Iran, US to hold first direct nuclear talks

 08 Jun 2014 - 3:40

US talks would be followed by separate discussions in Rome between Iranian and Russian officials [File - AFP]

TEHRAN: Iran and the United States will on Monday and Tuesday hold their first direct talks in decades, in an unprecedented move toward securing a comprehensive nuclear deal between Tehran and the West.
The discussions will take place in Geneva, with the US delegation  led by Deputy Secretary of State Bill Burns and Undersecretary Wendy Sherman, who is responsible for Iran negotiations.
Iran will be represented at vice foreign minister level in what is the most senior direct bilateral contact on the nuclear issue so far. The talks will be the first between Iran and the US to fall outside the P5+1 group — Britain, China, France, Russia, the United States plus Germany — which is pursuing talks in the quest for a landmark nuclear settlement.
Jake Sullivan, National Security Adviser and Deputy Assistant to US President Barack Obama will join the US team.
Helga Schmid, the political director of the EU which has been overseeing the nuclear talks with Iran, will also join, the European Union said in a statement.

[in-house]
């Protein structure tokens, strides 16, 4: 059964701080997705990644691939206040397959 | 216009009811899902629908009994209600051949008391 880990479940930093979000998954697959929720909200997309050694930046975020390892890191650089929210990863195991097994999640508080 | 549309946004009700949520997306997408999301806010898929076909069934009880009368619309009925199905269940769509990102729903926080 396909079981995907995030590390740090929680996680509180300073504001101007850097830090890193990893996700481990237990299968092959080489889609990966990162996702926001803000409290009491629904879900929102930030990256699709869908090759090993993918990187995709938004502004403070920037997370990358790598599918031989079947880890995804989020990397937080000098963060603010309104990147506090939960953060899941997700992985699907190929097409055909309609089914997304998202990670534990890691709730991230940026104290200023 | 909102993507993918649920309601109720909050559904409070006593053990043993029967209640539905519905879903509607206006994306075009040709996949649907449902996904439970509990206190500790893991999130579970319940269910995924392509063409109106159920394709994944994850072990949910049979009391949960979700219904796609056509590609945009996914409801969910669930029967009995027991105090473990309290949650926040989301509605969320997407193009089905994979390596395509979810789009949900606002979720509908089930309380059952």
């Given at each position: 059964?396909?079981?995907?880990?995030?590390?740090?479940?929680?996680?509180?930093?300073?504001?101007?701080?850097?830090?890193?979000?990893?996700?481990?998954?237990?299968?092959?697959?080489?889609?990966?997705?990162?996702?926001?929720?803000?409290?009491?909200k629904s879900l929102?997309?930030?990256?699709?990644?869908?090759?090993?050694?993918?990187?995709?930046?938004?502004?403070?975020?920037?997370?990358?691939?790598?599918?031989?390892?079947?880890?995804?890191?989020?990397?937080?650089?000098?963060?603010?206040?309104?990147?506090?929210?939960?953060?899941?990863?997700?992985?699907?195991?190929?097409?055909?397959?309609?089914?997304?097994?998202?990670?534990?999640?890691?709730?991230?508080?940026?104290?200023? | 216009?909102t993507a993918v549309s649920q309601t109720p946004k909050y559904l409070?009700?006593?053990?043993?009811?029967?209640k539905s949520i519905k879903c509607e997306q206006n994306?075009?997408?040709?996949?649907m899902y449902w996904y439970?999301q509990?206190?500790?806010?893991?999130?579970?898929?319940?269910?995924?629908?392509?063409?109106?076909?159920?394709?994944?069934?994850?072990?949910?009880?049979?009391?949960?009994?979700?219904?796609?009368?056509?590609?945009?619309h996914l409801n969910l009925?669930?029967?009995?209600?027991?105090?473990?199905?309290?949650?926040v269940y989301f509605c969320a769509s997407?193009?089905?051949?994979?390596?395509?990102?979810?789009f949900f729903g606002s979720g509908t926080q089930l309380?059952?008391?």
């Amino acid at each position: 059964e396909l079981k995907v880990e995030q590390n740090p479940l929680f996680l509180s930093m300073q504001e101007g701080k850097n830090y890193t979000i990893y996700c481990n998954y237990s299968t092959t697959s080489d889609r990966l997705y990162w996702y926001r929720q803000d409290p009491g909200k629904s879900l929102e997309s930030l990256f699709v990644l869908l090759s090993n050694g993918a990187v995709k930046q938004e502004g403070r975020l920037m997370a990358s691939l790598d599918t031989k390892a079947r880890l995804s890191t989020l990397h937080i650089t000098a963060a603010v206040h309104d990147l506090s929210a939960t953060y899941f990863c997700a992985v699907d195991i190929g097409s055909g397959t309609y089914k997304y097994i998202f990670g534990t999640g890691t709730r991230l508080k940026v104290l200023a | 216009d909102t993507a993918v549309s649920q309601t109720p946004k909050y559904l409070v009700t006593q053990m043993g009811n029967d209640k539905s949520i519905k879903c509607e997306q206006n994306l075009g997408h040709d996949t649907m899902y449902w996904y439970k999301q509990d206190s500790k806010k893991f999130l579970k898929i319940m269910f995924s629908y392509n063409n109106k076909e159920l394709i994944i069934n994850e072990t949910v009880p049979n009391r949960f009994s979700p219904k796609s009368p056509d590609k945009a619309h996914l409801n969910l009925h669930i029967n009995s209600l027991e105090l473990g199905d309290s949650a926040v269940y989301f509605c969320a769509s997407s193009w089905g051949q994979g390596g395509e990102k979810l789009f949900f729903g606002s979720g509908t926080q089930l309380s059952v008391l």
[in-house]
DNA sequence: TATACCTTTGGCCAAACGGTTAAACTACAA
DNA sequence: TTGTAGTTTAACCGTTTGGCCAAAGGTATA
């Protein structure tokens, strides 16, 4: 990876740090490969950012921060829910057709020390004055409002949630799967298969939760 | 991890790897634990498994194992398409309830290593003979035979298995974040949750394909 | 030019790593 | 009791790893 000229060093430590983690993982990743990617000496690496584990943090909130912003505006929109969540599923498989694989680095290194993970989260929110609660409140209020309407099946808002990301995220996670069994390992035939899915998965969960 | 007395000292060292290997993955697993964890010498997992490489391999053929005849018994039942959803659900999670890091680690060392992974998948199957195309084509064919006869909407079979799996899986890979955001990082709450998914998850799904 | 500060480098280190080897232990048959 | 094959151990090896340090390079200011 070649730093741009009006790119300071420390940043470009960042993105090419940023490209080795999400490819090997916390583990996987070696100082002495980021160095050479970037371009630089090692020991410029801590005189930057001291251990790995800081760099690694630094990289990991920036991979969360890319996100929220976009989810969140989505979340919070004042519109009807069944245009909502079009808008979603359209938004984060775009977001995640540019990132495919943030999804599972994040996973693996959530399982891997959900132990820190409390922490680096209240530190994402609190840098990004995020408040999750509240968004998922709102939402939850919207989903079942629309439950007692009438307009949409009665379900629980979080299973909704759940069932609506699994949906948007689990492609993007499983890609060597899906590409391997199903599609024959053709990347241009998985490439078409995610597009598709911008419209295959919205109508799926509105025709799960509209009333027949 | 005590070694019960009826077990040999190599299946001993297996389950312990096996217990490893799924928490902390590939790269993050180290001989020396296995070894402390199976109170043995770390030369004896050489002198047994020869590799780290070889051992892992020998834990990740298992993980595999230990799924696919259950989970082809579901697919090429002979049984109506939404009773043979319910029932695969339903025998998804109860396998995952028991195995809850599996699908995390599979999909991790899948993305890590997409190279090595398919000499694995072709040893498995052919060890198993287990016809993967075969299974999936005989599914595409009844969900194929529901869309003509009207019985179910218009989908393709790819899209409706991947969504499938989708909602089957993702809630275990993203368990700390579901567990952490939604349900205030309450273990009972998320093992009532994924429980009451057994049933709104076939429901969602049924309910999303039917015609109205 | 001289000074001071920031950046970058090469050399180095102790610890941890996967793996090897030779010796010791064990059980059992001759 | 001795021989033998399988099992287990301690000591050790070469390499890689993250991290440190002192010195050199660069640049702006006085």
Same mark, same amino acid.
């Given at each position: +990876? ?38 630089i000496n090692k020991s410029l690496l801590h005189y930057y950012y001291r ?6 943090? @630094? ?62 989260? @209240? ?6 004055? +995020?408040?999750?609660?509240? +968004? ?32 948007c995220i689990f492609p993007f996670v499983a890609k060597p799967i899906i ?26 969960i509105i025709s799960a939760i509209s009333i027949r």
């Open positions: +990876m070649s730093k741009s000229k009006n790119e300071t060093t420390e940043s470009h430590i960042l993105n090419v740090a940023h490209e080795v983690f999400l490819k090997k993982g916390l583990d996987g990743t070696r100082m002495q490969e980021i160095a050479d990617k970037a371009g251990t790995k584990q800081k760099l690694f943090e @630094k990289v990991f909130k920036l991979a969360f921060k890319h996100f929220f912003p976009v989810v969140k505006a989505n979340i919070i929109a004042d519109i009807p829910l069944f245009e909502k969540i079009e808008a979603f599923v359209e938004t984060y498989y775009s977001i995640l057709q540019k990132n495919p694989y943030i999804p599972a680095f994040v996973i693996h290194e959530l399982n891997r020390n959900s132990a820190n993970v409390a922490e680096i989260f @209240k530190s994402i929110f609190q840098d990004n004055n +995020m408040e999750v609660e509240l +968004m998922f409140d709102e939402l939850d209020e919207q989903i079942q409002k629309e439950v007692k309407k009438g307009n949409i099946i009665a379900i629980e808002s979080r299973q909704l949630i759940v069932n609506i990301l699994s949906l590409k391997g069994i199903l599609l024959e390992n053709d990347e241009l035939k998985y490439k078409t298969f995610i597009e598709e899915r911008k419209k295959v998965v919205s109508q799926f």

A senior US administration official said the latest developments signal that “the talks are intensifying”. The meeting is “a timely opportunity” to make progress, the US official said, stressed however that the talks would be “consultations” that would feed into the P5+1 process, which resumes between June 16-20 in Vienna.
The foreign ministry also said two days of direct talks with Russia in Rome would immediately follow the US discussions.
Iran’s meetings with the US and Russia will be interpreted as the start of an all-out diplomatic push to close glaring gaps that officials from both Tehran and major powers nations have said are blocking a deal.
Iran is also “working to arrange” bilateral discussions with remaining members of the P5+1 before the next meeting in Vienna, the ministry said. 
The talks are aimed at securing a final deal ahead of a July 20 deadline imposed under an interim agreement last November, under which the US and its partners released $7bn from frozen funds in return for a slowdown in Iran’s controversial uranium enrichment programme. AFP